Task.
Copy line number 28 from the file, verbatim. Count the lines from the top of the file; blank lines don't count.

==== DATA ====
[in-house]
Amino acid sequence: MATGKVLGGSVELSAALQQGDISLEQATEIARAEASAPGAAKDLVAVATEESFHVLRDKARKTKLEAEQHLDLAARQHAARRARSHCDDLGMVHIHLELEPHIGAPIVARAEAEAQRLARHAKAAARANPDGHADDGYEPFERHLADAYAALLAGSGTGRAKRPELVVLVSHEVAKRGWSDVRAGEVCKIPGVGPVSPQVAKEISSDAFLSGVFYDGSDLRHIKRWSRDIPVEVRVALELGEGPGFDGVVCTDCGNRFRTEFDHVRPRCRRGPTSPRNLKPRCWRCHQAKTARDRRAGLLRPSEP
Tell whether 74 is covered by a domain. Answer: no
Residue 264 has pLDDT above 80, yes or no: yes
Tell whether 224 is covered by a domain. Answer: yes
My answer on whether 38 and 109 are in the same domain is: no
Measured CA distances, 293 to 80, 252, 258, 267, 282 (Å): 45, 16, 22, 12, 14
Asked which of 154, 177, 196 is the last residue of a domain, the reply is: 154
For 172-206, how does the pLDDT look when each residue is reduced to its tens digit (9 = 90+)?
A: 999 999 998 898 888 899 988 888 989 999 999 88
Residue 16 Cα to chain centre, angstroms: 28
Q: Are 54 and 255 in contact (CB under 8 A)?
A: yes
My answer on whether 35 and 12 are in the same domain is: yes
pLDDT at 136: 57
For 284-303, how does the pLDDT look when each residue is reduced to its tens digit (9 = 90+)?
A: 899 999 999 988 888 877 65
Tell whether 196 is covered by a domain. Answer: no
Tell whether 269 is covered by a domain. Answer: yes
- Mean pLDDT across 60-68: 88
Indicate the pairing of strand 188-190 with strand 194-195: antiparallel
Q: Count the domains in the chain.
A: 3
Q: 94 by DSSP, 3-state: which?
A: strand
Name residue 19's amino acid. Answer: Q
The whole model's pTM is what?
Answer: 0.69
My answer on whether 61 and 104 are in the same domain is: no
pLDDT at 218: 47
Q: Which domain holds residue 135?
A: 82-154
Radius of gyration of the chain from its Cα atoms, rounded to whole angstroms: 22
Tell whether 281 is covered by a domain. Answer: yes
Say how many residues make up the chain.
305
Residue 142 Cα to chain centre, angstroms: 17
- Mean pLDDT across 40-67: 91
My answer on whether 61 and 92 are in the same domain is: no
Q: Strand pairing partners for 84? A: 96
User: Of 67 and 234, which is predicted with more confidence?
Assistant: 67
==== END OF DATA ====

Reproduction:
Answer: 0.69